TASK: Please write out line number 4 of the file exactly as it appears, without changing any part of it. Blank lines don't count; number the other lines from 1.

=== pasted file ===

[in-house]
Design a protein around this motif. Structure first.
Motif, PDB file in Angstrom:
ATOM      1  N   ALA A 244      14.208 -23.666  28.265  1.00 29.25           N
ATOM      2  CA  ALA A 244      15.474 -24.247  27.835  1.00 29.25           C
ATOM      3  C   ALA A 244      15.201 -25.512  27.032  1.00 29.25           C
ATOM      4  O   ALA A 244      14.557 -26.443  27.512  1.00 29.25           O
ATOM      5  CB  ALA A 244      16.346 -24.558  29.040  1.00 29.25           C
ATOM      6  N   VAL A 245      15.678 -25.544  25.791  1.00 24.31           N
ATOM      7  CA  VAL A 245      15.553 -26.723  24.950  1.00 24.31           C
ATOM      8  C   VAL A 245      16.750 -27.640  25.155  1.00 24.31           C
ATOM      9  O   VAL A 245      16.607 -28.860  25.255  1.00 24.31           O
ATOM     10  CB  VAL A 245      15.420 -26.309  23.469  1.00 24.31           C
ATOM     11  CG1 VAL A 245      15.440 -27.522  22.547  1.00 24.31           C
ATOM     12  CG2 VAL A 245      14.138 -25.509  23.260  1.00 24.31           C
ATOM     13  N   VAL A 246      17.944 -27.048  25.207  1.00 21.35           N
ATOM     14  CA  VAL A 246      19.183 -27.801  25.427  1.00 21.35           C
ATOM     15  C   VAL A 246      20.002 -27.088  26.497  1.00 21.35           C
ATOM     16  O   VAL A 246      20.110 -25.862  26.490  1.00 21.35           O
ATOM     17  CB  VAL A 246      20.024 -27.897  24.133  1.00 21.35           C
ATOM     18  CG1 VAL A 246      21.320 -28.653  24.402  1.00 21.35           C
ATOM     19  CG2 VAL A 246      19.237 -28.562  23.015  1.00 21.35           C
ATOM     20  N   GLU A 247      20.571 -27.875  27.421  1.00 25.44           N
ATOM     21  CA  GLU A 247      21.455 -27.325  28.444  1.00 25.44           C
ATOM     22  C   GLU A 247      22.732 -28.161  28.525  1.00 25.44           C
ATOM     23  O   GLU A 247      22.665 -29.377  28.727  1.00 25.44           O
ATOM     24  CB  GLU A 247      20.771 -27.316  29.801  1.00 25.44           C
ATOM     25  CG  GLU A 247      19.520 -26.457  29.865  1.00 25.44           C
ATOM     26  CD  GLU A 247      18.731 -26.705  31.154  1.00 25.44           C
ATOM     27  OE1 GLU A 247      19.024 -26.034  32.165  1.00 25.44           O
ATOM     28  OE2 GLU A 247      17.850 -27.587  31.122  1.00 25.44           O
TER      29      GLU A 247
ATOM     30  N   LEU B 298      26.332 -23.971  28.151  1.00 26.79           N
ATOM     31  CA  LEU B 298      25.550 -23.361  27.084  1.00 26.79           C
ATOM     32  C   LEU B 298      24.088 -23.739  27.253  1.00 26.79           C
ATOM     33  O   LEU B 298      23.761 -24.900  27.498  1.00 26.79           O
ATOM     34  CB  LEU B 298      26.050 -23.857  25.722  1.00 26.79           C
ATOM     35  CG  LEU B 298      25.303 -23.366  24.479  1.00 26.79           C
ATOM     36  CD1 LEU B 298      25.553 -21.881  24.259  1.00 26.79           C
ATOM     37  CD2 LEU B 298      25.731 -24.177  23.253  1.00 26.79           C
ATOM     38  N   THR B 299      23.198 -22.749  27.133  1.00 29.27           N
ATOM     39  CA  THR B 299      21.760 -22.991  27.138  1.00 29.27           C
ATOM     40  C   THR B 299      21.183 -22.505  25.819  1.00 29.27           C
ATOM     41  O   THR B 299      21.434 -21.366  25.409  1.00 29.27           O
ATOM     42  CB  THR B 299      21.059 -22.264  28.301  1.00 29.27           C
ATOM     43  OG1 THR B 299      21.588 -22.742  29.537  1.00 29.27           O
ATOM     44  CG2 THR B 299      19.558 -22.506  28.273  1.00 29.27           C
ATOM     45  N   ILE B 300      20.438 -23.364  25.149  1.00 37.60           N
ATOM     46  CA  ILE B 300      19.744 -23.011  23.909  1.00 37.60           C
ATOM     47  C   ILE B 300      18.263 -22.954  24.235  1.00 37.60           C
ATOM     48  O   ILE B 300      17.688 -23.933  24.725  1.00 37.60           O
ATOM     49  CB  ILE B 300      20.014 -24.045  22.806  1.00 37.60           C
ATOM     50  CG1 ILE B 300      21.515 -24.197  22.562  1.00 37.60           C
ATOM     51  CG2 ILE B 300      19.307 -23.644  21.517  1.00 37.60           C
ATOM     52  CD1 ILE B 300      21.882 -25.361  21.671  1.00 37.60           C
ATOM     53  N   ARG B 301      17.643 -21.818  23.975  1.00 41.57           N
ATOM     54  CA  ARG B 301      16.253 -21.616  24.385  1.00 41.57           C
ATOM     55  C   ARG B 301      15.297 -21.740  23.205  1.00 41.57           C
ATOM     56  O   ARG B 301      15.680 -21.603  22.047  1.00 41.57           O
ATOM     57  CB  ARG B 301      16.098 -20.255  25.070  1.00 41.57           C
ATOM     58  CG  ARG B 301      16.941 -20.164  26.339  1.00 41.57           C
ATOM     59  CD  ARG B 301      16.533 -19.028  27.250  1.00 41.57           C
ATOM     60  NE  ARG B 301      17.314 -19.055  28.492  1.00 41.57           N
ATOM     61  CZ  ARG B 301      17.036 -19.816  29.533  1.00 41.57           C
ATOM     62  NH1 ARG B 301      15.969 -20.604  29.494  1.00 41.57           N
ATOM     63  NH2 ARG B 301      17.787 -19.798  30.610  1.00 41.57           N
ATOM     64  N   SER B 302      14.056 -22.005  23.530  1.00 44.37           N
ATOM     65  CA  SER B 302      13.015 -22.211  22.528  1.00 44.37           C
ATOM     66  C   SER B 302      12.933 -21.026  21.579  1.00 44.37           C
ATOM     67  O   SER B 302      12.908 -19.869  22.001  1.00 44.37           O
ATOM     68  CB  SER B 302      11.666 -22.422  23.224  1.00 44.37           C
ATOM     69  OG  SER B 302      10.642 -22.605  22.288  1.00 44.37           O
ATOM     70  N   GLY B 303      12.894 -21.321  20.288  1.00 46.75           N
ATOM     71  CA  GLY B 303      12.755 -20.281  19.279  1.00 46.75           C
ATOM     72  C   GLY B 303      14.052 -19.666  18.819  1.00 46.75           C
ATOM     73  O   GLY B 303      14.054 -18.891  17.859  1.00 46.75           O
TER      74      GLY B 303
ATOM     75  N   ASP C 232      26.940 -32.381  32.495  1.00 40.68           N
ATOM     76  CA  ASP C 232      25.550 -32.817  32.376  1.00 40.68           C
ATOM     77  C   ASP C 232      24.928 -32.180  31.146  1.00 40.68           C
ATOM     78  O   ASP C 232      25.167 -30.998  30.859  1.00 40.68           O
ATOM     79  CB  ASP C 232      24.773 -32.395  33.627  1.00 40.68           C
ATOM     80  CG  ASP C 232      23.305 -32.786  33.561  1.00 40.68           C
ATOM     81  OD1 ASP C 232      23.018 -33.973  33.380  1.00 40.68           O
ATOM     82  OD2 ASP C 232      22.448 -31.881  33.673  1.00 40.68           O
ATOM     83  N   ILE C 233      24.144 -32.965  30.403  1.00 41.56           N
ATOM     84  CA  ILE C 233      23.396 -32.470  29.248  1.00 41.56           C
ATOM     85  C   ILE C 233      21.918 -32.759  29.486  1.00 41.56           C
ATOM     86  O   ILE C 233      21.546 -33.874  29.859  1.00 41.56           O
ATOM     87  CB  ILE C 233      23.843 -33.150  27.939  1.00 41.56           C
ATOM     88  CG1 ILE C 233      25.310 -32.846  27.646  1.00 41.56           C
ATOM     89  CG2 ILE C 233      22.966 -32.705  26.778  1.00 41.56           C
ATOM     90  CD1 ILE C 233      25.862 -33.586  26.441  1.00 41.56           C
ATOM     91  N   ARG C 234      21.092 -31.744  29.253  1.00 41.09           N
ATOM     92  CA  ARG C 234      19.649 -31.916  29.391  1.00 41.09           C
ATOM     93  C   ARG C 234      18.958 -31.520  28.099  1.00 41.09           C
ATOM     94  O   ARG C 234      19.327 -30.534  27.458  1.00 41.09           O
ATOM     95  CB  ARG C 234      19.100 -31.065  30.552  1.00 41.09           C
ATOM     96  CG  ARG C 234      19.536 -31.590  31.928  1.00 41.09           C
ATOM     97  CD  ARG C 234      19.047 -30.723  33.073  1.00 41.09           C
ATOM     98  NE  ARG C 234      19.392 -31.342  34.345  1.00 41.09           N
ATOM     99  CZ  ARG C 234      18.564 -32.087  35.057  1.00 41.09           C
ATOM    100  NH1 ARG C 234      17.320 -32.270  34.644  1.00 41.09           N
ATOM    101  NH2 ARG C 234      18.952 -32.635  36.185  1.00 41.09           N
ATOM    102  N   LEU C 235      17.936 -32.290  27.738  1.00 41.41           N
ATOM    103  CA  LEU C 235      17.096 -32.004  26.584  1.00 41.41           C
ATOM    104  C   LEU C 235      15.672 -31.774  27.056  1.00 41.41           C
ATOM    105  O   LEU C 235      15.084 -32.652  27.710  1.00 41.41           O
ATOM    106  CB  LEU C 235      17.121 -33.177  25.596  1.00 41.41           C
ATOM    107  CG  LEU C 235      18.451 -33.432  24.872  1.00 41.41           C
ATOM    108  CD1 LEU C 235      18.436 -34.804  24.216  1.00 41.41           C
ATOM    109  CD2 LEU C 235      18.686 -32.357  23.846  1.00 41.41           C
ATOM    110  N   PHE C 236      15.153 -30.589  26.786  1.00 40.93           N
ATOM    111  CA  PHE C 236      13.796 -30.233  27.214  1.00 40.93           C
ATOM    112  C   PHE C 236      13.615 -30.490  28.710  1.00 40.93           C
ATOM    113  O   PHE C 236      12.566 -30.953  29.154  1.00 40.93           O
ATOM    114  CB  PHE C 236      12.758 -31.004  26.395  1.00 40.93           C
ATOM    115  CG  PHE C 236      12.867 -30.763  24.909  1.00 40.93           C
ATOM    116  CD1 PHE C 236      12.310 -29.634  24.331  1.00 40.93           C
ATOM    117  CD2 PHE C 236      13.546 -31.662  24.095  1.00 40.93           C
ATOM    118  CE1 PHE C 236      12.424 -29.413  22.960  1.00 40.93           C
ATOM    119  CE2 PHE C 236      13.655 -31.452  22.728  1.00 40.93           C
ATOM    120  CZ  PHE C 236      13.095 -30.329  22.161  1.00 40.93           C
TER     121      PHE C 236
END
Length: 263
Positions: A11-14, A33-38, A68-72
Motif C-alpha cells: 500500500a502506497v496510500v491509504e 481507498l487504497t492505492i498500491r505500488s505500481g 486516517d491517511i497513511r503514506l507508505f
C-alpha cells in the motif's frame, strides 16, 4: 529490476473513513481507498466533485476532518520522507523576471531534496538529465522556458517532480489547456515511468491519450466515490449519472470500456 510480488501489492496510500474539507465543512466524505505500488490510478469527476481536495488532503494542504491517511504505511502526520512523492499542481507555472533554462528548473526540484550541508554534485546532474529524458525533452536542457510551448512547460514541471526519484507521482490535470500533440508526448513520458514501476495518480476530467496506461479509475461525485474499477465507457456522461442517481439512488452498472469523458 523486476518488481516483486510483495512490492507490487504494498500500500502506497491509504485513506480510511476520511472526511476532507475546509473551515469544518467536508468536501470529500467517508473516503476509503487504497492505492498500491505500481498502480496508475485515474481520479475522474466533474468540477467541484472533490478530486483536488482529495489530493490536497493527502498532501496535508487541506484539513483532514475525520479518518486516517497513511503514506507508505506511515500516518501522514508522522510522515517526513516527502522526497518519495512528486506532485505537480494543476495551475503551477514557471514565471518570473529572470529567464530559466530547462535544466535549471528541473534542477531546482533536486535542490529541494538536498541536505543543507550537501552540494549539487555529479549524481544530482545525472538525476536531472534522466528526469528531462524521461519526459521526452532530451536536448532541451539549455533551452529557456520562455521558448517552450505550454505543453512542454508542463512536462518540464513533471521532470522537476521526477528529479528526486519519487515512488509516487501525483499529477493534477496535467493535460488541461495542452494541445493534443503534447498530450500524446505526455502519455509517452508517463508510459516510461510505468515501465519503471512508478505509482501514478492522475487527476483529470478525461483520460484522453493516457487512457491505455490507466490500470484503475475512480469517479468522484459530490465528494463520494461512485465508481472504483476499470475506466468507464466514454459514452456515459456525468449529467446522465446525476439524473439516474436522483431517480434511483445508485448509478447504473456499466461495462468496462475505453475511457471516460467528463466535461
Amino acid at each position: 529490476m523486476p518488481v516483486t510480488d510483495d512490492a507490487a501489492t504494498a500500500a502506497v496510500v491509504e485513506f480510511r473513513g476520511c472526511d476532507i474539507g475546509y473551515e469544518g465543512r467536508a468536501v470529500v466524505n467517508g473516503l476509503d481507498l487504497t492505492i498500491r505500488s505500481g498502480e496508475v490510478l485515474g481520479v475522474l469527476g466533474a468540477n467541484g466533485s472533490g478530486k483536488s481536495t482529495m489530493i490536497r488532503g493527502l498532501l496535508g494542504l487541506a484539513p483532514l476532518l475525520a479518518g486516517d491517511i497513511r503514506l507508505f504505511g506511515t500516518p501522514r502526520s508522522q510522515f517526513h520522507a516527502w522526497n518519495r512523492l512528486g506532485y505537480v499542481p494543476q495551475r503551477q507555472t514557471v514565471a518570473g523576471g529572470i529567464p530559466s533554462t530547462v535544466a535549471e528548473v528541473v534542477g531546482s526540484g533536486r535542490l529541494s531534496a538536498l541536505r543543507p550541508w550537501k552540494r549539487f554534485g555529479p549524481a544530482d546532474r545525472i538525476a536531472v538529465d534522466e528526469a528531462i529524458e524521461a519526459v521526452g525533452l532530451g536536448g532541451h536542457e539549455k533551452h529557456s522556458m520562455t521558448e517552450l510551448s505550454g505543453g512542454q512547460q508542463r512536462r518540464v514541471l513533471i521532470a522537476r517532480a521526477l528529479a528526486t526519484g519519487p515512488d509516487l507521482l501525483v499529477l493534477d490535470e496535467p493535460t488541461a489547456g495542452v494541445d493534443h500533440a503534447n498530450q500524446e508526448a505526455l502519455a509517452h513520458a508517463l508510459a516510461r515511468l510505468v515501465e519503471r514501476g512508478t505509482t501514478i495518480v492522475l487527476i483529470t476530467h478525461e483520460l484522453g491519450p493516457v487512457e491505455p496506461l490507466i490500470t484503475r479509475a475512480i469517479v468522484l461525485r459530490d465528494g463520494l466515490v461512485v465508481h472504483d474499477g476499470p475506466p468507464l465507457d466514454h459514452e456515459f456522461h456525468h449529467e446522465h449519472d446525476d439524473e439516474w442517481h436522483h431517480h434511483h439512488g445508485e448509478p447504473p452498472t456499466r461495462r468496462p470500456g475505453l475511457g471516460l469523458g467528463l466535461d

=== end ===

ATOM      1  N   ALA A 244      14.208 -23.666  28.265  1.00 29.25           N